One thing which has always stood out for me, since joining IAM, is that the learning never stops. This of course is quite contrary to many road users in NZ, they get their license, and then never undertake any training to either maintain or improve their skills. The result is that if one is involved with a road safety charity such as IAM, we can't help but shake our heads at the folly of Joe Average. At times we can even see accidents develop, unfortunately, which would be utterly avoidable if basic observation skills and discipline were used by road users.

Tony having a laugh while the Police rider is engaged in conversation inside...

There's no need to take ourselves too seriously too often, so we try to keep things light hearted, even inventing new ways to wave goodbye as the following pic proves haha!!

If you know this chap, you'll know he's always up for a giggle!

As I've mentioned, the learning never ends. Now we've got a handful of new trainee Observers, to match up with Tutor Observers, to put Associates thru their paces...and we're all learning all the time. I'll be brave and use the word passion, for I get a real kick out of seeing folks grow in knowledge/confidence/skill and knowing I played a part in that is enough for me. I look at how my own riding continues to improve, by being challenged, so I'm winning all the time. Getting to ride with skilled riders is just a pleasure, but in turn it also ends up skewing our view of what can be considered a normal or average rider. We tend to avoid those riders now as a rule don't we? For me, a constructive way to keep my gauge on what a normal rider is, comes in the form of partaking in a Rideforever course. And yes I did so earlier in the year, taking part in a Gold course, finding that my own sense of bad/average/good had shifted significantly!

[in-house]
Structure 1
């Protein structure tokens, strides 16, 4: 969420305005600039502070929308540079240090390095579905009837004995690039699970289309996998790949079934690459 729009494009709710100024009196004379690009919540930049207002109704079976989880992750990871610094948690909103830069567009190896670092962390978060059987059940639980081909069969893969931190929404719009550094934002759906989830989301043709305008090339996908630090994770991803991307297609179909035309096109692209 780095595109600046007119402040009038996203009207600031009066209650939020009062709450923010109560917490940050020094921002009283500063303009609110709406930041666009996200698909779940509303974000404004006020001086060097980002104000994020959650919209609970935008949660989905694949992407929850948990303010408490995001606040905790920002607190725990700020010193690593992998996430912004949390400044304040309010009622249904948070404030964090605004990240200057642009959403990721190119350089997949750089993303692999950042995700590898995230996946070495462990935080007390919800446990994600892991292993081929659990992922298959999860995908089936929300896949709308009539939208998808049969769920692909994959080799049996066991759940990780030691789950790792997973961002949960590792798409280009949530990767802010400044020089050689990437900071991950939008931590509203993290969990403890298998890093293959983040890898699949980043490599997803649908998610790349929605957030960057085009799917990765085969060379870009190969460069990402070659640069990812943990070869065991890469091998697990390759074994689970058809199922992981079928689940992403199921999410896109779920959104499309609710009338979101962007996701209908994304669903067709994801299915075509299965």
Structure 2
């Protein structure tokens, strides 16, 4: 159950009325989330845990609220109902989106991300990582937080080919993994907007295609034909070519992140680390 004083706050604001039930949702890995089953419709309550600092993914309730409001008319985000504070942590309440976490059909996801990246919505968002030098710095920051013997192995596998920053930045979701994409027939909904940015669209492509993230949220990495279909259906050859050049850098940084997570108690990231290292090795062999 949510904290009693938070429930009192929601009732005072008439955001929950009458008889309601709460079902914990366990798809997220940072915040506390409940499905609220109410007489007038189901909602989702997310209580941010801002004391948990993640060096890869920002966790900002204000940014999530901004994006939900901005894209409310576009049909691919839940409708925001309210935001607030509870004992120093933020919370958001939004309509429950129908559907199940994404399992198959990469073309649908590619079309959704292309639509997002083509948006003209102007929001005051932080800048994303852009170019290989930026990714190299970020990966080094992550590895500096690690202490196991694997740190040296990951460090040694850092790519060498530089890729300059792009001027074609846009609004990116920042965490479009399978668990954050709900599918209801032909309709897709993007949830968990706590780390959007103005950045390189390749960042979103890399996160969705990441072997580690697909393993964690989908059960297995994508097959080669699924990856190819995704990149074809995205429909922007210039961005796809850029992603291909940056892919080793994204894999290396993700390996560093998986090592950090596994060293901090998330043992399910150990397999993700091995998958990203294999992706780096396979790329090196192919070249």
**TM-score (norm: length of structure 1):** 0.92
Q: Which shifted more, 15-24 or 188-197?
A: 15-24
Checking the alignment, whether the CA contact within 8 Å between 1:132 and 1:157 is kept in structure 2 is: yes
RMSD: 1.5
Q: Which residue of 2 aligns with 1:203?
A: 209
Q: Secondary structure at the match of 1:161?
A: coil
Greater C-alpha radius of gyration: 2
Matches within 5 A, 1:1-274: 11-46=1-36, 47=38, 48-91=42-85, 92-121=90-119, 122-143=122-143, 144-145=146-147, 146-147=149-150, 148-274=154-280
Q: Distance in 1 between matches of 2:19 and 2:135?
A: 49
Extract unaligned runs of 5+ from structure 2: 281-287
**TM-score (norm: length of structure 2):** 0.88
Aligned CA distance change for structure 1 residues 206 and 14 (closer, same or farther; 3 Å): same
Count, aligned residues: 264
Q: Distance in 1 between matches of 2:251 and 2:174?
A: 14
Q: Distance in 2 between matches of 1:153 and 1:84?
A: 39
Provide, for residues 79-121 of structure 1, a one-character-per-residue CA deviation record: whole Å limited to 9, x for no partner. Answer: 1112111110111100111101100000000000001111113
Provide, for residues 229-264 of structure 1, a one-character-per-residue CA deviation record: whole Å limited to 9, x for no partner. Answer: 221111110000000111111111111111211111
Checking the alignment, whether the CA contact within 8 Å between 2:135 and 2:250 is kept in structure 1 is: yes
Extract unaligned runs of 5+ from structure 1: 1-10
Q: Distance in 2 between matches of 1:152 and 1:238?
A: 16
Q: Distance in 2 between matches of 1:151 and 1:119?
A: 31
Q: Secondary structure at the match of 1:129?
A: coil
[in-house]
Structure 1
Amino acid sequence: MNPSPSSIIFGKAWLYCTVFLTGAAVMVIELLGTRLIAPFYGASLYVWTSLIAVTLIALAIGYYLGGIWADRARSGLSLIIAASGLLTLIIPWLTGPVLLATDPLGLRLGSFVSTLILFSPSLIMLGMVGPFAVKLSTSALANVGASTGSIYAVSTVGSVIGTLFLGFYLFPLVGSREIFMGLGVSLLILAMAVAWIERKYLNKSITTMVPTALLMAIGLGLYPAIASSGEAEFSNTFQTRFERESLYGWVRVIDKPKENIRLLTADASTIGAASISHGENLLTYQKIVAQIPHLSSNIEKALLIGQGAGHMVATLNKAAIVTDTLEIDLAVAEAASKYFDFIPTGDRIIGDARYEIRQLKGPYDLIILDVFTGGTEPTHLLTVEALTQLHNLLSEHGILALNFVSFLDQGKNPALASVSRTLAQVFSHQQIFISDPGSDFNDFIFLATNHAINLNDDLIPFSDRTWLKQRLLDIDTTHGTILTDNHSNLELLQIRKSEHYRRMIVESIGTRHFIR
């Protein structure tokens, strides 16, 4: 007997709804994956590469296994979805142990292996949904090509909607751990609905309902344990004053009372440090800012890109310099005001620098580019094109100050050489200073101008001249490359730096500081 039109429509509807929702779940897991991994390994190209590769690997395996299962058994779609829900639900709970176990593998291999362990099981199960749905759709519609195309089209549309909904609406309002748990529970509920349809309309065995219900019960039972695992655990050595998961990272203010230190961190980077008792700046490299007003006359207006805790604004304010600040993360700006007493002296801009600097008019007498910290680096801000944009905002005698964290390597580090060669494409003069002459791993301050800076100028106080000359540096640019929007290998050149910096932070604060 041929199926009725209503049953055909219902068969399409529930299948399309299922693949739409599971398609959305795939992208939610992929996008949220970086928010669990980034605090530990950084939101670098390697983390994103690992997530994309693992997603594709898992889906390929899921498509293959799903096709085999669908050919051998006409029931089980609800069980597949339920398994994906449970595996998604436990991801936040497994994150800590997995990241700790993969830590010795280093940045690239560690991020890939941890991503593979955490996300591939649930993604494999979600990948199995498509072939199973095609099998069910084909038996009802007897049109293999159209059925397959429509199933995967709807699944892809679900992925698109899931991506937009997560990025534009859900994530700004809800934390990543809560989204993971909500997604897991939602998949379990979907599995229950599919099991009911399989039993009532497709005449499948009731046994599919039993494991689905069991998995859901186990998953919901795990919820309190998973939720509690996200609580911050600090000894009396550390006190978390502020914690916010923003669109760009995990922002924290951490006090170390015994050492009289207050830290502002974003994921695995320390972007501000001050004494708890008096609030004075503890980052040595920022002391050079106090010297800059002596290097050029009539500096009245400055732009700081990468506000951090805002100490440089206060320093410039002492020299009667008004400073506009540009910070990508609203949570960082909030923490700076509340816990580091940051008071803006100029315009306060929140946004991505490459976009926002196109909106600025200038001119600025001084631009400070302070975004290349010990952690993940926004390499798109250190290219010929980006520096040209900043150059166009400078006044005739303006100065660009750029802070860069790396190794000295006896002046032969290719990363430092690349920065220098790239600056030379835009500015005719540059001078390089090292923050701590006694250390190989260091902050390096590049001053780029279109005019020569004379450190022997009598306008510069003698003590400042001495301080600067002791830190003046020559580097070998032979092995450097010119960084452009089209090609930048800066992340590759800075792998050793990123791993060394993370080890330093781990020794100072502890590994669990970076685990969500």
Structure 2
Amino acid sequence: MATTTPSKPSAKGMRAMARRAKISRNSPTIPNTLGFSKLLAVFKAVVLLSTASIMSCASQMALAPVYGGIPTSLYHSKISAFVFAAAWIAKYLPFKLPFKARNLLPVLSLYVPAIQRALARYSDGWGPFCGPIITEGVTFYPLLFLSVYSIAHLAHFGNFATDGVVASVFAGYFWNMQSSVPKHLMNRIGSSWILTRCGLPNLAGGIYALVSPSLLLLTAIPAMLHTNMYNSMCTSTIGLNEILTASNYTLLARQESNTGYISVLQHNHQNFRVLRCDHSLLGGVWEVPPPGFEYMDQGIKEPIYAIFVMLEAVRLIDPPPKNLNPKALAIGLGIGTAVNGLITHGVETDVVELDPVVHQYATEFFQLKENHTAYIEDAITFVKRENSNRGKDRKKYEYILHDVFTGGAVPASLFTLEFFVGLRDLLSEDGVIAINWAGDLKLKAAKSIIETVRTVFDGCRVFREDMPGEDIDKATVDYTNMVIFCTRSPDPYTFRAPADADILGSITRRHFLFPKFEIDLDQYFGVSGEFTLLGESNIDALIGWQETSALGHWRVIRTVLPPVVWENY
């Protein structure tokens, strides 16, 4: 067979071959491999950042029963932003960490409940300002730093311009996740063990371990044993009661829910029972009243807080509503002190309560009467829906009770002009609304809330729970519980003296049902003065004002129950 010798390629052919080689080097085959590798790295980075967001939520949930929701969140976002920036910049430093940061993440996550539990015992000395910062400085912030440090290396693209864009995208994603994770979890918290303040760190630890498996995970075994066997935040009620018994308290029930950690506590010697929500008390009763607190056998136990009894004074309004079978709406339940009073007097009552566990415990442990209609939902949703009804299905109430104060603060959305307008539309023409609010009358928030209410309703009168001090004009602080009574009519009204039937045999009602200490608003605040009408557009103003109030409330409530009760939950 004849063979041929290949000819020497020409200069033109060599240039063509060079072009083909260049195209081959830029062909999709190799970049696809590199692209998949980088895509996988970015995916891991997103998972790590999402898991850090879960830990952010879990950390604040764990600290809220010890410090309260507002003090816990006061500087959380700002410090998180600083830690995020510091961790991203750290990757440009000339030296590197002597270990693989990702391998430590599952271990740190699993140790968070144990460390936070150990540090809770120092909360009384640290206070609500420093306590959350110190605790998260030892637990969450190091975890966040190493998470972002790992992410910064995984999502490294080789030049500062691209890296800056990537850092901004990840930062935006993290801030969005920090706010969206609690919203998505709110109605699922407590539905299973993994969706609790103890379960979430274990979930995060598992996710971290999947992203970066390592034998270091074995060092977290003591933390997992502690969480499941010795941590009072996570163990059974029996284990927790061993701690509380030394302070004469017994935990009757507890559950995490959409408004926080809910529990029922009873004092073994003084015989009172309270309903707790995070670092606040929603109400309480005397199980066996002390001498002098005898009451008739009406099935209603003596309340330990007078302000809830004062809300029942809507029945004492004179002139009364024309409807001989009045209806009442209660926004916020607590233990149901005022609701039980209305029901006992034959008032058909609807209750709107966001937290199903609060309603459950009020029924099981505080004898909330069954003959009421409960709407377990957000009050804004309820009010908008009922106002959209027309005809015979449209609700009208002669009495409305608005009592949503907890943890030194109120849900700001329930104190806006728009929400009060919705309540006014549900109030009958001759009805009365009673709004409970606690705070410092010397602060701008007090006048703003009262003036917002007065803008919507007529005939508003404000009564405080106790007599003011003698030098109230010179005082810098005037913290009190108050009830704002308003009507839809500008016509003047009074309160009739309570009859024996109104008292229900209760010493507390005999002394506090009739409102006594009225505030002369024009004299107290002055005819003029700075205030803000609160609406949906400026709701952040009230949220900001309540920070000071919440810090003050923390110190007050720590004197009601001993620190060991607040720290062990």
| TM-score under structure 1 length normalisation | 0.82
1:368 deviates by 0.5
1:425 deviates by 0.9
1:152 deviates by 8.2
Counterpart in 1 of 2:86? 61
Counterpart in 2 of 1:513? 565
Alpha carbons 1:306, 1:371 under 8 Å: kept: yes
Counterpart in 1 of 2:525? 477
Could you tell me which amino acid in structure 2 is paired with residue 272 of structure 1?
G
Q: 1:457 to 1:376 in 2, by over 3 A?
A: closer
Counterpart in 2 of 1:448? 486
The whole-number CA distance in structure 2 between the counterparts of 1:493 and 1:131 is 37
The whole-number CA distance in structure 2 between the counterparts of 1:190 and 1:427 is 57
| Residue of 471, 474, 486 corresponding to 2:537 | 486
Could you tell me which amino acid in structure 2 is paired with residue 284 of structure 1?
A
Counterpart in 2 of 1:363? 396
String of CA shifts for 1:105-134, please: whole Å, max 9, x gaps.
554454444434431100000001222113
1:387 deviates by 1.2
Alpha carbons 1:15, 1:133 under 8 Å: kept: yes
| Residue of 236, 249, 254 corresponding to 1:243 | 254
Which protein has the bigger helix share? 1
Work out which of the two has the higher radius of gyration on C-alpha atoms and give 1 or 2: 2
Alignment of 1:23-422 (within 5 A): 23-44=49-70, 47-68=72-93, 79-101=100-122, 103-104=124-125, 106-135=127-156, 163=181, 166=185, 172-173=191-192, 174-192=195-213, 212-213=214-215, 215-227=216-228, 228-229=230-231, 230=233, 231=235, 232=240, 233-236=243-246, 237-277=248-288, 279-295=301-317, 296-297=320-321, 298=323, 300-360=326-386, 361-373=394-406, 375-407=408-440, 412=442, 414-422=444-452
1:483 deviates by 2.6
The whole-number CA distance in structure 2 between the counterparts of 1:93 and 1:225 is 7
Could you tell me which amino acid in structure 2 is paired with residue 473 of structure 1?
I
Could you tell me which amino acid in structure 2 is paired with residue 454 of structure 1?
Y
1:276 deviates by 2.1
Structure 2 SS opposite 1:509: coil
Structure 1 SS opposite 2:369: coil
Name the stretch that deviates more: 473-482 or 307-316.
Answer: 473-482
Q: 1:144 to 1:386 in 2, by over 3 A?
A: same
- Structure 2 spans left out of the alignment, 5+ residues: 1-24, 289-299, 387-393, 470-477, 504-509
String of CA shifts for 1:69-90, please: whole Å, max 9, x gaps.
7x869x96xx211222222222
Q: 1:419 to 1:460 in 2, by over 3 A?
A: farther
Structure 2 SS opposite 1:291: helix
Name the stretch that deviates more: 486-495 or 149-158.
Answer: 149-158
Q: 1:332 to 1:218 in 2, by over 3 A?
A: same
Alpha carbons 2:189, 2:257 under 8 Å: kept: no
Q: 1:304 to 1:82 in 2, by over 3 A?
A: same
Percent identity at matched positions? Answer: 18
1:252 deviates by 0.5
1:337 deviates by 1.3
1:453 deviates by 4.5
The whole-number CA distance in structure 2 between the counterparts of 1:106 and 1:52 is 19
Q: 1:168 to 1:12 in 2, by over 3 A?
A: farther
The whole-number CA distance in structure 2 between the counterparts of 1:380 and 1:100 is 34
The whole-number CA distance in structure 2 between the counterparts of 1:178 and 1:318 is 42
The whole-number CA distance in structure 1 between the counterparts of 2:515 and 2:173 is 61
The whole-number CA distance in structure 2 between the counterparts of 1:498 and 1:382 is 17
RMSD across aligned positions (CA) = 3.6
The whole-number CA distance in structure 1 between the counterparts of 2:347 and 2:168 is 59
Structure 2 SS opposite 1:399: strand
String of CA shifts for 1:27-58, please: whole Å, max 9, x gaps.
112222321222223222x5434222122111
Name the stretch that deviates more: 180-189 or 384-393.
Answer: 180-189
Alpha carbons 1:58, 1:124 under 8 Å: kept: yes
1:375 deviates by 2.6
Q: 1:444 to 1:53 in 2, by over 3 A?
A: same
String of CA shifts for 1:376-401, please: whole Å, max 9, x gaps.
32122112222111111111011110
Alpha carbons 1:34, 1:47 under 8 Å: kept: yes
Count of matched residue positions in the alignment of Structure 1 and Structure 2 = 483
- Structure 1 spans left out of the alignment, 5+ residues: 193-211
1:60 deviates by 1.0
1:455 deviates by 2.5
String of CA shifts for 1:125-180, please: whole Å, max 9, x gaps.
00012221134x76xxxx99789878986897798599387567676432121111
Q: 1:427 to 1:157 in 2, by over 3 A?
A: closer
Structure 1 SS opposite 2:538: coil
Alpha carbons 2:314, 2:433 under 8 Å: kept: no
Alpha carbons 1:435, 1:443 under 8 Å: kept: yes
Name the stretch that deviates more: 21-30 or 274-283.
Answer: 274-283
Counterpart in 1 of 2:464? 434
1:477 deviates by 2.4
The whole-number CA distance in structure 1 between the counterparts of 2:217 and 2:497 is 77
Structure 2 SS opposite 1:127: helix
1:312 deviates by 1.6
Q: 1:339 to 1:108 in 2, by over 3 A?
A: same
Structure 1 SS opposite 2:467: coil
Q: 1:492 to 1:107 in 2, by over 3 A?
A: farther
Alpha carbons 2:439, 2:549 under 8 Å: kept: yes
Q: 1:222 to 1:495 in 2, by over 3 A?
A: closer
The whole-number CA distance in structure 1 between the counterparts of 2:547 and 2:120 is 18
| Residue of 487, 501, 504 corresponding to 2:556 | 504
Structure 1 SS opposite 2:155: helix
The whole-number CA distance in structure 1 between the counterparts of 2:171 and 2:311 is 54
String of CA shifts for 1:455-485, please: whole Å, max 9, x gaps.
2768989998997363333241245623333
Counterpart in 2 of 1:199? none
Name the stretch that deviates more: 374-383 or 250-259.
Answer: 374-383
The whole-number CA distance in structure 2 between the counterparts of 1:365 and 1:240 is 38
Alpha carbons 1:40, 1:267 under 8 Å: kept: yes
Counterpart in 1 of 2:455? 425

Now the fun part starts, working with my trainee Observers to get the desired results.

Sunday, 9 April 2017

Settling into the Observer role 09.04.2017

So it's been around 12 weeks since passing my Observer Test, must be time to reflect on how this has changed my view on the IAM world? Well yeah, it hasn't really and I'm finding that growing into the Observer role is rather enjoyable actually. It's a weird sensation in a way, now being the poacher turned gamekeeper, to coin one of the expressions I've heard in relation to the Observer task.